"As a former prosecutor, I'm embarrassed," said NBC News and MSNBC legal analyst Glenn Kirschner, speaking Thursday on MSNBC. "As an American, I'm upset ... I am just as disappointed with Judge Ellis. It's an outrage and it's disrespectful of the American people."
Former federal prosecutor Laurie L. Levenson, a professor at Loyola Law School in Los Angeles, said, "I'm somewhat surprised."
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"This is so much more lenient than what the guidelines would be," she said. "Manafort’s personal plea and frail condition probably did make a difference."
Democratic Rep. Eric Swalwell of California responded to the light sentence with irony, saying on "All In With Chris Hayes," "I think I spent more days in detention in high school than Judge Ellis thinks that Paul Manafort should spend in jail for what he did to defraud the United States."
Many other observers highlighted the disparity between punishments for white-collar crime like Manafort's and street crime, and between the sentences for wealthy people and everyone else.
Paul Manafort getting such little jail time for such serious crimes lays out for the world how it’s almost impossible for rich people to go to jail for the same amount of time as someone who is lower income.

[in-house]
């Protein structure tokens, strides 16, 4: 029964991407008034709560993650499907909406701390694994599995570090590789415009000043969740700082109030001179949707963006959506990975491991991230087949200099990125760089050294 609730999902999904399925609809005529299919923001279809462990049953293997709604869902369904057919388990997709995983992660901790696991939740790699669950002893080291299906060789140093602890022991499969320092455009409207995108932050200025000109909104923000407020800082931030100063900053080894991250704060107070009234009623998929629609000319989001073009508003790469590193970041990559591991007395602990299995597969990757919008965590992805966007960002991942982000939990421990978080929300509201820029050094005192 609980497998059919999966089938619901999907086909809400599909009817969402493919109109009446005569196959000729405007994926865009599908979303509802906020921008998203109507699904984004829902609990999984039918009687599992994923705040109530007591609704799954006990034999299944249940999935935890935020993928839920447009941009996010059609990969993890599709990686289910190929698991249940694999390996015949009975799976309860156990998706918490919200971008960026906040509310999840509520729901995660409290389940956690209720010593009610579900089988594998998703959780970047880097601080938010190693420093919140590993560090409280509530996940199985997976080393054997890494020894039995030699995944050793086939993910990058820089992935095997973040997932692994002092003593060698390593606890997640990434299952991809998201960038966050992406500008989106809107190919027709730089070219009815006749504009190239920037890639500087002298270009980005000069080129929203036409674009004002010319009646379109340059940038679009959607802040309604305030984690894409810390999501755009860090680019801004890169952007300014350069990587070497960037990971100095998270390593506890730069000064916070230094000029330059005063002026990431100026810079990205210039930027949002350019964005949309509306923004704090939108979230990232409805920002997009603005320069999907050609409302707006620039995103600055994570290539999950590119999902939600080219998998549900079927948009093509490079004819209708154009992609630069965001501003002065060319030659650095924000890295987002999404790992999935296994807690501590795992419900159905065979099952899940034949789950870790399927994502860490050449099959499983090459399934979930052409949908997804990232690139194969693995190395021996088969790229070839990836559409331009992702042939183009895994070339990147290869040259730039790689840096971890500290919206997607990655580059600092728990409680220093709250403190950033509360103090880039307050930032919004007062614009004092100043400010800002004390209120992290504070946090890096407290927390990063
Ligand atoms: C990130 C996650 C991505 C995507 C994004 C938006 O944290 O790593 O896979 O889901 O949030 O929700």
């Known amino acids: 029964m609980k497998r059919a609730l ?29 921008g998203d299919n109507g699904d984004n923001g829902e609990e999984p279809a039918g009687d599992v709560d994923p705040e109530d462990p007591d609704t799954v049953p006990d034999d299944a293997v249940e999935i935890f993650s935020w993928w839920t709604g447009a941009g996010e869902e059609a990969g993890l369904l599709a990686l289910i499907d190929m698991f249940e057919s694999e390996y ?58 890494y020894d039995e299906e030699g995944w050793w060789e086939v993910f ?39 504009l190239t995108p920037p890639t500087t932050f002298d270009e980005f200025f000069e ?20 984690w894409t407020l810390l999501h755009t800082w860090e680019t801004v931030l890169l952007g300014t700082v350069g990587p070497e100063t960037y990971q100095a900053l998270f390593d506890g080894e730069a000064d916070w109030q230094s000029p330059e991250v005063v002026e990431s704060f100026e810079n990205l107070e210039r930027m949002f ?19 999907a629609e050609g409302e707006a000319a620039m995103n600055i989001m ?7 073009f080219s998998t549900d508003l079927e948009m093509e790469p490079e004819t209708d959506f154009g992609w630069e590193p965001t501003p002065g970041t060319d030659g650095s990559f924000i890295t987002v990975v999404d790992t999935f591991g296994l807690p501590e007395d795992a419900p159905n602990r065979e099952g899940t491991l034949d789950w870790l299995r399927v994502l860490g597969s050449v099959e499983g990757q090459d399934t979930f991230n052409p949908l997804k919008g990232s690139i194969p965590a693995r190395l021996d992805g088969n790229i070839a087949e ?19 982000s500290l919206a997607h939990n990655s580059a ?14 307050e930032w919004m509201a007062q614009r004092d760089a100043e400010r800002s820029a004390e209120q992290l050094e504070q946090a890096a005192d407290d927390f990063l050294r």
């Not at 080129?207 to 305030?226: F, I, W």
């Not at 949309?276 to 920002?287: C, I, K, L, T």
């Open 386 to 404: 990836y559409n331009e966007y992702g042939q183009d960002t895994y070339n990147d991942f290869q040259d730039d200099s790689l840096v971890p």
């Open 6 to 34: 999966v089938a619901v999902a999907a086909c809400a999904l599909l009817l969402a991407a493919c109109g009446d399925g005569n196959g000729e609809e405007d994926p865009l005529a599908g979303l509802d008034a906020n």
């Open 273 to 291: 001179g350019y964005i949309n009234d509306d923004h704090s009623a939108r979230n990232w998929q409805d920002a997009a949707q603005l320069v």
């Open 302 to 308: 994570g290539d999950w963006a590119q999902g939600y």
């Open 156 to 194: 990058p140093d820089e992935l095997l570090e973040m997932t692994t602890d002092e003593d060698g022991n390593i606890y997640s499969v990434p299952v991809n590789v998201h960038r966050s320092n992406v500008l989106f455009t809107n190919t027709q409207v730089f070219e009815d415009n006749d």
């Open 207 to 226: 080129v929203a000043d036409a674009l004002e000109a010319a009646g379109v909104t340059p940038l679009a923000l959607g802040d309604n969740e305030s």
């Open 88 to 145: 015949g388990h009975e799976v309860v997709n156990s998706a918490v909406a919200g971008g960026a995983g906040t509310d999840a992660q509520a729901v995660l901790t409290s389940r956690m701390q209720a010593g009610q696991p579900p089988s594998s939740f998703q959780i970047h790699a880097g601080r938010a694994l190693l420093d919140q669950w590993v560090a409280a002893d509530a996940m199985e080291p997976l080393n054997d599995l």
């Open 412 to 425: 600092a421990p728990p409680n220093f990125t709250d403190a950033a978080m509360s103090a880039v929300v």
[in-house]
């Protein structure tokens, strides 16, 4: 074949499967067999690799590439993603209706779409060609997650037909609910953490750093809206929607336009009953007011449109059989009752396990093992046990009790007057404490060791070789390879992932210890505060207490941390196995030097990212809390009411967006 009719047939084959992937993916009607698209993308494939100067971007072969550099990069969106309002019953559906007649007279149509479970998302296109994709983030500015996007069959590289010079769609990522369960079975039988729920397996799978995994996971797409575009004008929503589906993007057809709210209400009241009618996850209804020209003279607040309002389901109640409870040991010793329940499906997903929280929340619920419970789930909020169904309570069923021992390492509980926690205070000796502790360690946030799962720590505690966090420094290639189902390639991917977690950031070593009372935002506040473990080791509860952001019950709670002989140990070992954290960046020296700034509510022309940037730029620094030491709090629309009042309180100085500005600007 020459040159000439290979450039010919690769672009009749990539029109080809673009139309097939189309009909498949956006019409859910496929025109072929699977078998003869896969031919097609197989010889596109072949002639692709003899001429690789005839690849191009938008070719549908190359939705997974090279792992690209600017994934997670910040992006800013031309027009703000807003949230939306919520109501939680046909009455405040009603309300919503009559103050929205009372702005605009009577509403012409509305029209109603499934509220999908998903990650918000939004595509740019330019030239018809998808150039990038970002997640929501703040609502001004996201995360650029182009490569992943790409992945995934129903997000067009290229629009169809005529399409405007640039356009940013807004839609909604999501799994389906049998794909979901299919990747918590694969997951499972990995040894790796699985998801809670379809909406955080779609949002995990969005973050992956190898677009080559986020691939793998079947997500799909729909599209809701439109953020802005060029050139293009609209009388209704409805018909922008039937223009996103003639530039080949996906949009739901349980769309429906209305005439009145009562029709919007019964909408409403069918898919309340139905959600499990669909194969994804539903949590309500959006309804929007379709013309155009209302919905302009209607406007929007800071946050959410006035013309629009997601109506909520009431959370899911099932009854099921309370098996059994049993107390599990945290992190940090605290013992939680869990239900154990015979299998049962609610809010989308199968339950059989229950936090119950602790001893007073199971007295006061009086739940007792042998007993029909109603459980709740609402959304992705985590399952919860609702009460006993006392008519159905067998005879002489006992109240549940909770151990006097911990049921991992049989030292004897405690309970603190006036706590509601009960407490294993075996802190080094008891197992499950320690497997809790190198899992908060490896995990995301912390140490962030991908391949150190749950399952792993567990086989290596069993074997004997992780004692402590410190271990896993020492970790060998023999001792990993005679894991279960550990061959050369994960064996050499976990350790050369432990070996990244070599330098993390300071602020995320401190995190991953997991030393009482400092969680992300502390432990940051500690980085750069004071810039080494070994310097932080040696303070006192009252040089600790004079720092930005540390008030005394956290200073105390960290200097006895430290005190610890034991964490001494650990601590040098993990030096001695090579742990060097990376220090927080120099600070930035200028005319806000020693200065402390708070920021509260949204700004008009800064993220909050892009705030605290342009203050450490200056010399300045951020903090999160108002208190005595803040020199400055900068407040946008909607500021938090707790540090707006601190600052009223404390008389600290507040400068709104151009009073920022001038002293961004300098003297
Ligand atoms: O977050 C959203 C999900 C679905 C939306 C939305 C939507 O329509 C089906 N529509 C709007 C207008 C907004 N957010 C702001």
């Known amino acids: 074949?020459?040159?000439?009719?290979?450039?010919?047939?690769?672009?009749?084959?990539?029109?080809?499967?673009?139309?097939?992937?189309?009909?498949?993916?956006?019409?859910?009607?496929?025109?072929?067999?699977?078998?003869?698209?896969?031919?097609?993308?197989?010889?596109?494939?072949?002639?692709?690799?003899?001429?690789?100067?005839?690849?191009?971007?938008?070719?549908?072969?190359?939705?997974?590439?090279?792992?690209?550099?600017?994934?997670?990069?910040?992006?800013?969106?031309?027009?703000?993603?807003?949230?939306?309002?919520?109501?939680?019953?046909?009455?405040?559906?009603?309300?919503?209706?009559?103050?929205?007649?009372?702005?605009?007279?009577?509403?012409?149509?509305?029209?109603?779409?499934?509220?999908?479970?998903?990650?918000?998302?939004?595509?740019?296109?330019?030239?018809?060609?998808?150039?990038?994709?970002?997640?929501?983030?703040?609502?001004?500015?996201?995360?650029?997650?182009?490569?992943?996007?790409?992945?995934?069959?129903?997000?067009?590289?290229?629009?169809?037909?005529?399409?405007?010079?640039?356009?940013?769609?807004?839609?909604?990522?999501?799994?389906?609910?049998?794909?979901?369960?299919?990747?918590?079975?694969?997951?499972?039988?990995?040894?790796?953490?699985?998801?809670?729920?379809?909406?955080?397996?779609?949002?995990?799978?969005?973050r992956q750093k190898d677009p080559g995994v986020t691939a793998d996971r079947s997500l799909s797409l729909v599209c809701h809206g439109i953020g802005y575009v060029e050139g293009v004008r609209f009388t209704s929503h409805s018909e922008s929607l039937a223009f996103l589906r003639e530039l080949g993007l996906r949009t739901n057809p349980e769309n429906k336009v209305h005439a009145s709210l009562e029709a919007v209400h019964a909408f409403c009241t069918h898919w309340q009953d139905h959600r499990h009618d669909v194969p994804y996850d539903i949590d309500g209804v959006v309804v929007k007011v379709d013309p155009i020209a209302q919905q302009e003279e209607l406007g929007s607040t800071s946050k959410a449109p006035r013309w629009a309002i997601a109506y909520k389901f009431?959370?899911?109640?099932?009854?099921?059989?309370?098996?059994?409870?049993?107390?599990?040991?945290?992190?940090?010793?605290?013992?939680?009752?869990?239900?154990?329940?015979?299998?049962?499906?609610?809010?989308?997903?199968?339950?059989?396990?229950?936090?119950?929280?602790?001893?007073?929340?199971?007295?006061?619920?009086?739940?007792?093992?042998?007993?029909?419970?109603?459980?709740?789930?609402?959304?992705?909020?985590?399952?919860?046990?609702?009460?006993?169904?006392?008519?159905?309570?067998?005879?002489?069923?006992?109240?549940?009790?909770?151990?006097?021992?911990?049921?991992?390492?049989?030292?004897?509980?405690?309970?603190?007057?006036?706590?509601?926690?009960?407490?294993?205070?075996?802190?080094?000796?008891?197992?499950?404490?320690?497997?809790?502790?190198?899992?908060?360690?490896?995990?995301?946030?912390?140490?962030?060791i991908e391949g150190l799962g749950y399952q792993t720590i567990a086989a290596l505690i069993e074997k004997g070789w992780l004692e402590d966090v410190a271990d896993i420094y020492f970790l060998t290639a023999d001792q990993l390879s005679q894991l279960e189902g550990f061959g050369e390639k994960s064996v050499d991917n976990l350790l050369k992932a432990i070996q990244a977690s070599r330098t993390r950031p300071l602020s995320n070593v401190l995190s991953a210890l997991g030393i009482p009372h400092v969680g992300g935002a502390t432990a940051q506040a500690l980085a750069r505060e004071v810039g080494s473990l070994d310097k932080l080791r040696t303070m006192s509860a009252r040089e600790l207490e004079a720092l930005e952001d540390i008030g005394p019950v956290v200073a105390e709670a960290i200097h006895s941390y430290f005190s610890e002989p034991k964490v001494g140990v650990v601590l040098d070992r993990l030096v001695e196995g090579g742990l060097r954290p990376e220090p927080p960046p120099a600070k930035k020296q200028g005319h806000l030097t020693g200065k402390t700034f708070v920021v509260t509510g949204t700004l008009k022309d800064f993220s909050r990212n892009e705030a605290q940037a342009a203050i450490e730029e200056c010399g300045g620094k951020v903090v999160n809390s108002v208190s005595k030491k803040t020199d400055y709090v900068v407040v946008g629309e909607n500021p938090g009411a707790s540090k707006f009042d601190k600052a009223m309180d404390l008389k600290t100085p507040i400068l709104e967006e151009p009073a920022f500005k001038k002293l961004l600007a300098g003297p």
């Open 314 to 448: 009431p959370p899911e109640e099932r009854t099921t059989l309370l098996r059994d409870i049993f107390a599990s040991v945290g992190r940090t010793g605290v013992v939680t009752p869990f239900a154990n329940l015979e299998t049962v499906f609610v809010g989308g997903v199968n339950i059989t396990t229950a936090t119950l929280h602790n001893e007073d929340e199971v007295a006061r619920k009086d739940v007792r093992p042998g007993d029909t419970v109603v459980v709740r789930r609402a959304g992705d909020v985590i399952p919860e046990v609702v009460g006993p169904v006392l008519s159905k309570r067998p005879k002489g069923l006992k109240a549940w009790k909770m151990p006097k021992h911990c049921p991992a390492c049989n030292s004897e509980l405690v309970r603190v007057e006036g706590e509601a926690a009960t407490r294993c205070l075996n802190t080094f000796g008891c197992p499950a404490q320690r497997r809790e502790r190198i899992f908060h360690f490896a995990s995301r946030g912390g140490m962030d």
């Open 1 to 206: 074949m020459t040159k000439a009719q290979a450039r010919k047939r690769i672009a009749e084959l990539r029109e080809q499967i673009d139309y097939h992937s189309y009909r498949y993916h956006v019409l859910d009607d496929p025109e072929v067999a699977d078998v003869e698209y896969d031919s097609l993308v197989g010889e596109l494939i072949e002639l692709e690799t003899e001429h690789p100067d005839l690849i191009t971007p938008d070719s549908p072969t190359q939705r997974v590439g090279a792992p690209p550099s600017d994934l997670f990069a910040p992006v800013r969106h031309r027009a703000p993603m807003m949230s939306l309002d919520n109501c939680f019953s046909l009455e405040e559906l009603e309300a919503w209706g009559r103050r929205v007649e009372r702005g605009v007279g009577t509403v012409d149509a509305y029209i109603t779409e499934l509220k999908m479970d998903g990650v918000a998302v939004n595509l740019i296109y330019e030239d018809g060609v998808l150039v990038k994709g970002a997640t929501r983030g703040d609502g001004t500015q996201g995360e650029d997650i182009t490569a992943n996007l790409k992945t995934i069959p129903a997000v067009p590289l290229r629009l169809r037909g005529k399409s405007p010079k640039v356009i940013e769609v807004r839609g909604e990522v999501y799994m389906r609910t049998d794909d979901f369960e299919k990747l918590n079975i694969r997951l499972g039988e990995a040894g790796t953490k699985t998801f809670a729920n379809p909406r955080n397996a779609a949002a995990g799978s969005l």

"Crimes committed in an office building should be treated as seriously as crimes committed on a street corner," Democratic Sen. Amy Klobuchar of Minnesota said on Twitter.
At Brooklyn Defender Services in New York, which provides legal services to low-income people, Scott Hechinger posted a series of tweets, such as one saying, "My client yesterday was offered 36-72 months in prison for stealing $100 worth of quarters."
For context on Manafort’s 47 months in prison, my client yesterday was offered 36-72 months in prison for stealing $100 worth of quarters from a residential laundry room.
"I prosecuted white collar crime and typically they get lighter sentences," Levenson said. "If you rob a bank you’re going to spend twice as long in prison as someone who steals millions otherwise."
Some of the negative reaction was aimed at the judge who set the sentence. Judge T.S. Ellis of the U.S. District Court for the Eastern District of Virginia said the possible long sentence for Manafort under federal guidelines was "excessive" and said Manafort "has lived an otherwise blameless life."